Welcome to YTF Community, a place to safely share in the challenges and joys of feeding our families. If you’re looking for recipes, feel free to go right to the home page of yummytoddlerfood.com.

While I really want to tell you about these SO delicious Cinnamon Muffins (the flavor is like apple + Snickerdoodle) that I made yesterday and then the kids and I devoured (they didn’t involve chocolate so I wasn’t sure!), I am actually here to share a quick story of releasing some guilt. Because I know I need as many examples of other parents doing that as I can get, and I hope it’s useful for some of you.

Book open at dinner table with food next to it.

All of my friend group text threads the past two weeks have, at one point or another, gotten stuck on dynamics at the dinner table. In particular, the things we’re doing to help everyone and everything be just a little bit calmer. Because I think the start of the school year has been a big disrupter (not shocking) and also, there are just phases of life where we need to adjust and respond when things aren’t working so well.

Which brought up the fact that for the past few months, my son has been asking to be read to during meals. During dinner, I’ve taken a pretty firm stance against this because I want to be able to eat my food and chat with my other kids, but it’s become a regular habit at breakfast, at bedtime, and whenever it’s just the two of us. (Or honestly, he sometimes will wait until everyone else is done eating so that he can eat his food and listen to a book. Sweet kid.)

And I had been feeling SO guilty about it.

When I was a new mom, I remember clearly reading and hearing that kids should mostly eat without distractions so they have more of a chance to listen to their hunger and fullness cues. Which I took to mean to limit meals with screens and any other “distraction” that might pull their focus away from their food and their body. But I recently realized I was taking that advice very literally—and was feeling monumental guilt every single time I read to my son during a meal or snack. (And also when he sometimes asks to have his Saturday breakfast while watching Paw Patrol.)

I do agree that it’s (obviously!) great to be able to listen to our bodies really clearly and I try really hard to help preserve that in my kids as they grow and are bombarded with external messages about food. And I acknowledge that it can be easier to stop eating or to keep eating more in tune with our bodies when we’re not doing other things at the same time simply since our attention is split.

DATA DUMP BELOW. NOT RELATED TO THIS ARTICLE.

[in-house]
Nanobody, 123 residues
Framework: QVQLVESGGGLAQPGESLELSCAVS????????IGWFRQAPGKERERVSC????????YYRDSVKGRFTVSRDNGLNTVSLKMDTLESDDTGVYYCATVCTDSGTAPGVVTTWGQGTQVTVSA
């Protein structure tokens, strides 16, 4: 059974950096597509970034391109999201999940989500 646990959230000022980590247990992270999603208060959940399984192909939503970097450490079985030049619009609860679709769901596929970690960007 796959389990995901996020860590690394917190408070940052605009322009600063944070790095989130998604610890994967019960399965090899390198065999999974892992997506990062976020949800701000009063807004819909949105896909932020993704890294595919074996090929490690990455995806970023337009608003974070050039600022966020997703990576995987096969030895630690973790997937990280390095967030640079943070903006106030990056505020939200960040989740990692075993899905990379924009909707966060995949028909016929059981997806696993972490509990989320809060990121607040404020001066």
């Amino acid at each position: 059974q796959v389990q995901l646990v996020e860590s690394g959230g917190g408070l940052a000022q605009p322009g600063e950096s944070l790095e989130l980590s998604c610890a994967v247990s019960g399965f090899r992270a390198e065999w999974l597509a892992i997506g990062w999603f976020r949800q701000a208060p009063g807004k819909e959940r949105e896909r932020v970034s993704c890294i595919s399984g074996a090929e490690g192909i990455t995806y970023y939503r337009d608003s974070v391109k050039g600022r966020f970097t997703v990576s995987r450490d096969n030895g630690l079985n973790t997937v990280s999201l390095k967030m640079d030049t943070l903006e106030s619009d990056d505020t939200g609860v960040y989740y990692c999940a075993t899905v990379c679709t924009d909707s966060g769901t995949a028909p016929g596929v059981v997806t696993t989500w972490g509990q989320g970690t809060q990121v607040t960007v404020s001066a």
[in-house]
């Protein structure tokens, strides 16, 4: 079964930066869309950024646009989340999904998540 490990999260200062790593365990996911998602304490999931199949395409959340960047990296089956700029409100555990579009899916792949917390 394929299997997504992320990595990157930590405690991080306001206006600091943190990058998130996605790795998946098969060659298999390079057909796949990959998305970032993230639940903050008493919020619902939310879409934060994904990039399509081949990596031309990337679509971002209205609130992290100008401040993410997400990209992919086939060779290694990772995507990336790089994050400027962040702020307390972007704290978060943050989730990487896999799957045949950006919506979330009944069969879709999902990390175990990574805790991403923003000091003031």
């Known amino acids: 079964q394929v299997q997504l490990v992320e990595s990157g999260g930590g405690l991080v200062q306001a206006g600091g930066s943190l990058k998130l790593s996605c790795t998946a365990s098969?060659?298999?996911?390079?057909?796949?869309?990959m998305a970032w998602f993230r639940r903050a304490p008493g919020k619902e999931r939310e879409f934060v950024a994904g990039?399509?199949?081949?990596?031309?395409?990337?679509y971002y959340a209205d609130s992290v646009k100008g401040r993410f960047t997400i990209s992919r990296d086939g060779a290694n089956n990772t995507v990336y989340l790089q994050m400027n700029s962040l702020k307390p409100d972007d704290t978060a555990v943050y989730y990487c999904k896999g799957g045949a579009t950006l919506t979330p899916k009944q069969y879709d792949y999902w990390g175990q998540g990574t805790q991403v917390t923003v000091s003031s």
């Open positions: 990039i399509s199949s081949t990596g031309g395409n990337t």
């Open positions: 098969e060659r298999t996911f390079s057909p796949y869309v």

But it’s SO very normal to eat and talk to others, to eat while keeping an eye on what’s going on around you, to eat with music playing, and to eat with life happening around you. So to try to say that any of that is categorically “bad” is missing the context of our lives. It’s missing the reality that we don’t eat in a quiet bubble. (I sometimes wish we could though!)

Two days ago, it occurred to me that this advice to limit distractions so kids can eat just until they’re full and immediately stop is classic women’s magazine advice—which is usually coming from a place of having a certain size body (smaller) or eating less. It’s been long enough ago that I first internalized this messaging related to kids and distractions at meals that I am not now sure that it is coming from a place of true concern for the developmental needs of little kids.

(To be clear, I think that advice for adults is missing all the context, too!)

For my son, reading is comfort. It’s connection. And when he needs either of those things, reading together offers it—and doing it during a meal means that he might be calm and feel safe enough to eat as much as he needs. We often read in the morning with breakfast and with his bedtime snack at the end of the day, which are the two times in the day that he craves snuggles and being really together.

I already know I will remember this phase really fondly. I mean, he’s almost five. I am unsure of how much longer he’ll even want me to do this, but I hope (for both of us!) it’s a while longer.

These little rituals that allow our kids to feel safety around food are beneficial. They are good. And we have to remember to put any feeding advice we see or hear from others into the context in which they’re happening.

We don’t have to let yet another thing make us feel badly about feeding our kids. It’s already hard enough.

(I would love to hear how you think of screens, devices, books, and more during meals. Have you heard this advice? I’d love to hear, so comment below.)

Related Products

Share it with the world


Filed Under

Leave a comment

Your email address will not be published. Required fields are marked *